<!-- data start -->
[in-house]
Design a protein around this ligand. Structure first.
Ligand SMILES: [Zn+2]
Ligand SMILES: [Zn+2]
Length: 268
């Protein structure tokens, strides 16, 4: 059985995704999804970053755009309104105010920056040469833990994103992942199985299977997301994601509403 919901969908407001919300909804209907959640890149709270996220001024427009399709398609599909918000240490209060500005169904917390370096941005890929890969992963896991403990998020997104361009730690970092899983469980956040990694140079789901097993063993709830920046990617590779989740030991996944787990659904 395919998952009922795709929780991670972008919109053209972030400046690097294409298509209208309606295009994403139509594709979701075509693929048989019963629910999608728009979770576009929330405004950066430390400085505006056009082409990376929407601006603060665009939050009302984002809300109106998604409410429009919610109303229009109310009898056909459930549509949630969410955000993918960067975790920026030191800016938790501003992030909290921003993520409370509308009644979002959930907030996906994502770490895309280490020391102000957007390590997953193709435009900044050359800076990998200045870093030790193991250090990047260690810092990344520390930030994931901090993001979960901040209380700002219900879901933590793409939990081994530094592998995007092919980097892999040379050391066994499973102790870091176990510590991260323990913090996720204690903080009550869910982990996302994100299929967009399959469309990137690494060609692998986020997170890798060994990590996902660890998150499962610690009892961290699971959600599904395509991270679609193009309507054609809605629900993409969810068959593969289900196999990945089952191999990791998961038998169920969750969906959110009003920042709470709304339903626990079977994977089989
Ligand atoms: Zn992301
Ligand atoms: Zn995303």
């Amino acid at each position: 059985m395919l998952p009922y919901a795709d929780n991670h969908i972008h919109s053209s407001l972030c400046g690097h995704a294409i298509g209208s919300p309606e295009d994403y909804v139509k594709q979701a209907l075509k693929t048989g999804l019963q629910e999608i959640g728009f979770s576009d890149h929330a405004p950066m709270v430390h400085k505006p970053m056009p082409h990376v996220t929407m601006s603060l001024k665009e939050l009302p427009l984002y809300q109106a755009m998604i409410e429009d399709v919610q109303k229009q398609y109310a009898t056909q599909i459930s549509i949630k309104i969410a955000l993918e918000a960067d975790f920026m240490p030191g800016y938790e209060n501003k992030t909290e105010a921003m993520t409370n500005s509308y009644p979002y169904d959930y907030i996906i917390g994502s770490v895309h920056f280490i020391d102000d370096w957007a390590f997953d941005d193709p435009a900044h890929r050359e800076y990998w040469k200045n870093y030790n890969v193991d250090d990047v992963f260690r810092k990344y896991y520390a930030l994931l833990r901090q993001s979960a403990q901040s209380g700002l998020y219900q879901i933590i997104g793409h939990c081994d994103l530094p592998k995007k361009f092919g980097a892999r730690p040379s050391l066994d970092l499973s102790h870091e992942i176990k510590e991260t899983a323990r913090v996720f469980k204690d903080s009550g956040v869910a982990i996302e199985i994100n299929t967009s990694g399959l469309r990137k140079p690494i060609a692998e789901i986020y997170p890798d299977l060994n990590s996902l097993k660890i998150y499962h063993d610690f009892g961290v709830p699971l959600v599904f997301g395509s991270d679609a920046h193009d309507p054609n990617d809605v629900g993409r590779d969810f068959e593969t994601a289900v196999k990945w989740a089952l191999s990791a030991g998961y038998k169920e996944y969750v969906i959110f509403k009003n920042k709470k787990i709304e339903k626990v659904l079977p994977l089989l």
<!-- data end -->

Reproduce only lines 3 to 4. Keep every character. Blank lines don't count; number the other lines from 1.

Ligand SMILES: [Zn+2]
Ligand SMILES: [Zn+2]